Let's address five main points.
1. Ensure that you select appropriate items for comparison
The two items that will be compared in your comparative essay should be carefully selected. The items should have some shared features and be in the same "class" of items, but they should also have substantial differences to which you are trying to call attention. If the items are too similar, then there would be no point in the comparison, but if they are too different, that can also make the comparison meaningless.
2. Select effective parameters of comparison
Your comparative essay shouldn't compare anything and everything between your two items; rather, the parameters should be specifically selected to highlight specific, salient similarities and differences. In order to determine what parameters would be effective, you have to ask yourself why you are writing your comparative essay and what sort of insights you intend to produce about the items being compared.
3. Use tools and models in an effective way
The Venn diagram is one tool that can be very helpful in conceptualizing your comparative essay, especially if you are a more visual kind of learner. Tables, rubrics, and outlines will also work to help ensure that you are developing a strong backbone of logic and systematic reasoning for your comparative essay. These and other tools may even help you reconsider your initial choices of items and parameters, if you realize that significant insights are not being produced.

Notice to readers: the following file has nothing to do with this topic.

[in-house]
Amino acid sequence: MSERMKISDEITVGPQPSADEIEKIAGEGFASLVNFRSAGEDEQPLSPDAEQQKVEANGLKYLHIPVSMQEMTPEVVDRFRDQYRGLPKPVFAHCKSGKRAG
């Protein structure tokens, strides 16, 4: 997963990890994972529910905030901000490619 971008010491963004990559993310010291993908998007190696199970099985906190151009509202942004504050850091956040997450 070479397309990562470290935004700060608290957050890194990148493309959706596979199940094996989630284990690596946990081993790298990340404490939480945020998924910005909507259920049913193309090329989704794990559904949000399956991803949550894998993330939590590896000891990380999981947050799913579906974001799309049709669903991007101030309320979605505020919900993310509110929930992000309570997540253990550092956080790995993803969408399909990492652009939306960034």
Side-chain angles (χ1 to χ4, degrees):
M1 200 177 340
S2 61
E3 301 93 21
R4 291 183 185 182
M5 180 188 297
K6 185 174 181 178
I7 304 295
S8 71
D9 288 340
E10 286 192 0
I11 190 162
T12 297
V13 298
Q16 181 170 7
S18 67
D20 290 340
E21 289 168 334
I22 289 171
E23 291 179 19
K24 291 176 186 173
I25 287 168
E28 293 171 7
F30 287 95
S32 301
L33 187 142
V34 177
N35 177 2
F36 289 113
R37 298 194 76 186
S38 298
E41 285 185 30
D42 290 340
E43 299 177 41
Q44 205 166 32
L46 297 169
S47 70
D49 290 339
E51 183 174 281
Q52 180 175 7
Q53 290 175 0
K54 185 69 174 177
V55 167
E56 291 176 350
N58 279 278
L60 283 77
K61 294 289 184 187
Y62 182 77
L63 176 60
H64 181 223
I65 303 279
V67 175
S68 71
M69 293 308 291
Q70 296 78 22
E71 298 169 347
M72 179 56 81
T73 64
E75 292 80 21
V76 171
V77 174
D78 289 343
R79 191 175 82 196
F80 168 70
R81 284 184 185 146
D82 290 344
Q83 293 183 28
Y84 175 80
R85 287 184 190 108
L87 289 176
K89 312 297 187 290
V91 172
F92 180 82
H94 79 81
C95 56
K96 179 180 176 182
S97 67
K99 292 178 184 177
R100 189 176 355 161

4. Choose an organizational format, and stick with it
There are two main ways in which to structure an effective comparative essay, which have been described above. You can dedicate one section to similarities and one section to differences; or, you can dedicate a section to each of the parameters of comparison. This second option is usually more effective, especially if you are new to comparative essays. But either way, it is crucial that you stick to your chosen format and do not jump around and confuse the reader.
5. Seek assistance if you need it
If you are still uncertain about how to write a successful comparative essay, then Ultius is here to help. Our writer help section has many tools like this one available on various types of essays; we have a huge writer help section that contains all sorts of information on pretty much any writing-related questions you may have; and we also have elite professional writers who can produce a sample comparative essay for you on any subject of your choosing. We are here for you, and if you have any further questions about how to write a comparative essay, then you should feel free to reach out.